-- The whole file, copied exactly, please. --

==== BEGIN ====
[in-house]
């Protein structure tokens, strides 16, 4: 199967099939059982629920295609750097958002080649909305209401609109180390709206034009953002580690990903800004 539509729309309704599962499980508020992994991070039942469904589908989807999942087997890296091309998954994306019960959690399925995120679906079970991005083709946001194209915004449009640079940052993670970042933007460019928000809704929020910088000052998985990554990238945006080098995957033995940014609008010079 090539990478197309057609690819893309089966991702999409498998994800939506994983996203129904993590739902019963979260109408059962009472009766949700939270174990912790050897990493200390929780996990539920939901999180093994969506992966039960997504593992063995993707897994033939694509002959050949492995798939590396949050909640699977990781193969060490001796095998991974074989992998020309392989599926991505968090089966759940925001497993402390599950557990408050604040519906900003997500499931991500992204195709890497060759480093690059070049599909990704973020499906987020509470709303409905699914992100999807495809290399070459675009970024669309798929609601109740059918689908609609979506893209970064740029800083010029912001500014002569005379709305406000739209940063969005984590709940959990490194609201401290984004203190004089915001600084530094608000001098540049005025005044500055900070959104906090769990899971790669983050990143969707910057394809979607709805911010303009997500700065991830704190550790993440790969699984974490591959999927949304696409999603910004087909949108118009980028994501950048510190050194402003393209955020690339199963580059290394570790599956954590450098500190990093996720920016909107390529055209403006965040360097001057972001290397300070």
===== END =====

[in-house]
């Protein structure tokens, strides 16, 4: 199967099939059982629920295609750097958002080649909305209401609109180390709206034009953002580690990903800004 539509729309309704599962499980508020992994991070039942469904589908989807999942087997890296091309998954994306019960959690399925995120679906079970991005083709946001194209915004449009640079940052993670970042933007460019928000809704929020910088000052998985990554990238945006080098995957033995940014609008010079 090539990478197309057609690819893309089966991702999409498998994800939506994983996203129904993590739902019963979260109408059962009472009766949700939270174990912790050897990493200390929780996990539920939901999180093994969506992966039960997504593992063995993707897994033939694509002959050949492995798939590396949050909640699977990781193969060490001796095998991974074989992998020309392989599926991505968090089966759940925001497993402390599950557990408050604040519906900003997500499931991500992204195709890497060759480093690059070049599909990704973020499906987020509470709303409905699914992100999807495809290399070459675009970024669309798929609601109740059918689908609609979506893209970064740029800083010029912001500014002569005379709305406000739209940063969005984590709940959990490194609201401290984004203190004089915001600084530094608000001098540049005025005044500055900070959104906090769990899971790669983050990143969707910057394809979607709805911010303009997500700065991830704190550790993440790969699984974490591959999927949304696409999603910004087909949108118009980028994501950048510190050194402003393209955020690339199963580059290394570790599956954590450098500190990093996720920016909107390529055209403006965040360097001057972001290397300070």